2. Extremely rapid expansion (inflationary period)
3. Long-term deceleration of expansion caused by the gravitational attraction of all matter in the universe to each other
4. Accelerated expansion as the influence of gravity is overtaken by the influence of dark energy (essentially vacuum energy), which intensifies over time
This article goes into some detail about how the deceleration/acceleration was inferred from observational evidence.
I understand how it was inferred. What I don't understand is the physical mechanism the model postulates for how that actually happened. To my knowledge, I've never seen a description of the model that actually describes HOW dark energy was able to do this, in terms of a mathematical relationship between vacuum energy and the net gravitation of the universe.
That paper points out that our measurements of the expansion of the universe are insufficiently detailed or precise to be able to distinguish between models of its future dynamic behaviour. It doesn't appear to state anything about the nature of dark energy (or vacuum energy), which essentially remains a fudge factor of unknown origin.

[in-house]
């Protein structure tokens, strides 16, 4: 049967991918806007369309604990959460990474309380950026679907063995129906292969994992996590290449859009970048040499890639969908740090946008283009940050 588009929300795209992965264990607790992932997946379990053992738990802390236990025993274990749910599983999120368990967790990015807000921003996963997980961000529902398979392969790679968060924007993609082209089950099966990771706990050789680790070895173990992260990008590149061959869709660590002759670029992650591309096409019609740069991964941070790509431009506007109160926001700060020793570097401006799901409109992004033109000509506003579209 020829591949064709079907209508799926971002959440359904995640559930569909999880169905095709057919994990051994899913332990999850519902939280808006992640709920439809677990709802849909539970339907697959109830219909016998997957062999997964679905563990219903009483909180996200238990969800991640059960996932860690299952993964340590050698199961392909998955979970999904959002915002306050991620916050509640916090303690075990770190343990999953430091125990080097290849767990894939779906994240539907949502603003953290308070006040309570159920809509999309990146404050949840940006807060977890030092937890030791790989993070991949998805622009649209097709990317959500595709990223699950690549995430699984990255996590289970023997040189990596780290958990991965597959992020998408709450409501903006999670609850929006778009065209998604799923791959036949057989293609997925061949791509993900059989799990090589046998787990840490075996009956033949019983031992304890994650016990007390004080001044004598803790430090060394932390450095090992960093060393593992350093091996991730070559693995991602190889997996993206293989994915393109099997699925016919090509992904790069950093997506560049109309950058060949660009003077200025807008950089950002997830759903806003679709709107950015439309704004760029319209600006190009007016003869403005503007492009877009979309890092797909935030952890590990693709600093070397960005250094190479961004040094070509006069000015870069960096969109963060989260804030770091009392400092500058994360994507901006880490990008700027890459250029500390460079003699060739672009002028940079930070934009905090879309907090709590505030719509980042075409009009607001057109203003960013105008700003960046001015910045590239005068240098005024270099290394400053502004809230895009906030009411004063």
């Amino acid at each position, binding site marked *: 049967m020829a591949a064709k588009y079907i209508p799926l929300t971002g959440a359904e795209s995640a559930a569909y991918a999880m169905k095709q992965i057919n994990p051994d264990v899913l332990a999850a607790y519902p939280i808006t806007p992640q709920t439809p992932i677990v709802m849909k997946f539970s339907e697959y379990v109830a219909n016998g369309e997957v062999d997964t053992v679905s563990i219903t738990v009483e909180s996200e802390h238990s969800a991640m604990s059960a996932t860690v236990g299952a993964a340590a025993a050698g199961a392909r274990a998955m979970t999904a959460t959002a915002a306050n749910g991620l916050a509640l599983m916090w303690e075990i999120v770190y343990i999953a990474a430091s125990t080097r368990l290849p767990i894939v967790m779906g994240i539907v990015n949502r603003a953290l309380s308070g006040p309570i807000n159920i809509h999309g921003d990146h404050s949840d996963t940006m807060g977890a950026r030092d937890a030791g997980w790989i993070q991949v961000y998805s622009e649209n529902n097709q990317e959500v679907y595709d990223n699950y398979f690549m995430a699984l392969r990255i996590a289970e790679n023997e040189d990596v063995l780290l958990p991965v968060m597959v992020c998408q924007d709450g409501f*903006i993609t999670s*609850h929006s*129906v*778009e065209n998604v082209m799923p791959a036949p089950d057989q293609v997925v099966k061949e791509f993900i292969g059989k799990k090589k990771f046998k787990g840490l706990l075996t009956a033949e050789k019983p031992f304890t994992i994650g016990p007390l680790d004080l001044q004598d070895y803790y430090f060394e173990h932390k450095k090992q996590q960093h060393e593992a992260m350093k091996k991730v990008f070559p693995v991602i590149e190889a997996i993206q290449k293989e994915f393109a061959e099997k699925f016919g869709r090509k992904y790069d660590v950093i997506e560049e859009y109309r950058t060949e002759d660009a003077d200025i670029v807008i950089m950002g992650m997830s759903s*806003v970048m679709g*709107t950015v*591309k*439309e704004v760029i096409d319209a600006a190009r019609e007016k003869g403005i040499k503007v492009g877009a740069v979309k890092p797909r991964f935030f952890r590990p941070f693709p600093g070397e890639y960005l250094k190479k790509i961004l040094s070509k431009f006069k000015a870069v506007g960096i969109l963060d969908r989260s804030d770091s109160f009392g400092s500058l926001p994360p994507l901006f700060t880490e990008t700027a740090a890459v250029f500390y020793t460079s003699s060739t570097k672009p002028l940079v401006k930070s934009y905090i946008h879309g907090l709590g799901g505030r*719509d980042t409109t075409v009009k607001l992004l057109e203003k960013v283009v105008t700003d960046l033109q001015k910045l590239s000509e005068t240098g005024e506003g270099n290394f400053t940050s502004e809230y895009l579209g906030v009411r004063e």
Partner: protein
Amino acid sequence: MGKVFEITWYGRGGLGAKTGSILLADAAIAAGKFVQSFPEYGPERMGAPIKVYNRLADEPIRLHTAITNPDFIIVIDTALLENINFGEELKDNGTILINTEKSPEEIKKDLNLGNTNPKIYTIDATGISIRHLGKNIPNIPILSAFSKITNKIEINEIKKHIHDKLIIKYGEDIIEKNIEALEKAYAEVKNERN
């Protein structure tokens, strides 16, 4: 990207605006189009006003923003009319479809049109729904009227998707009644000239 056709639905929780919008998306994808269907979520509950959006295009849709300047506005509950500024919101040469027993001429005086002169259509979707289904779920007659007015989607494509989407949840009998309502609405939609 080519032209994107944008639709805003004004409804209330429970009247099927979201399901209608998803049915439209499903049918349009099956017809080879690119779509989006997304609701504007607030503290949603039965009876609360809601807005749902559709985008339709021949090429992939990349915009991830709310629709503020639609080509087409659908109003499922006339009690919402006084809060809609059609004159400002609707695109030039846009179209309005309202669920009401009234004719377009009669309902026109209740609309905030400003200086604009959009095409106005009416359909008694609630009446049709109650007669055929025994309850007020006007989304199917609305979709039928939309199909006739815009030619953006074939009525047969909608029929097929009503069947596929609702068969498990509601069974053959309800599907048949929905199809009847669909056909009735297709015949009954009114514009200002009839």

The problem lies in the fact that quantum field theory neglects gravity, see:
^ That's again prediction of the future (although the point that QFT ignores gravity is a good one).
I'm more interested in the fact that the calculations for vacuum energy (or dark energy, for that matter) do not seem to account for the presence of dark matter. Basically, if we're taking it as a given that the universe is at least ten times more massive than it appears to be (due to clouds of dark matter floating around everywhere) then the value of vacuum energy would have to be adjusted upwards as well in order to account for the accelerated expansion. But when you project that back into the early universe, it seems to create the problem that you would need EVEN MORE energy to overcome those initial gravitational forces -- gravity's influence, after all, attenuates at a square of the distance, so vacuum energy would have had to rapidly increase in a very short amount of time to account for this.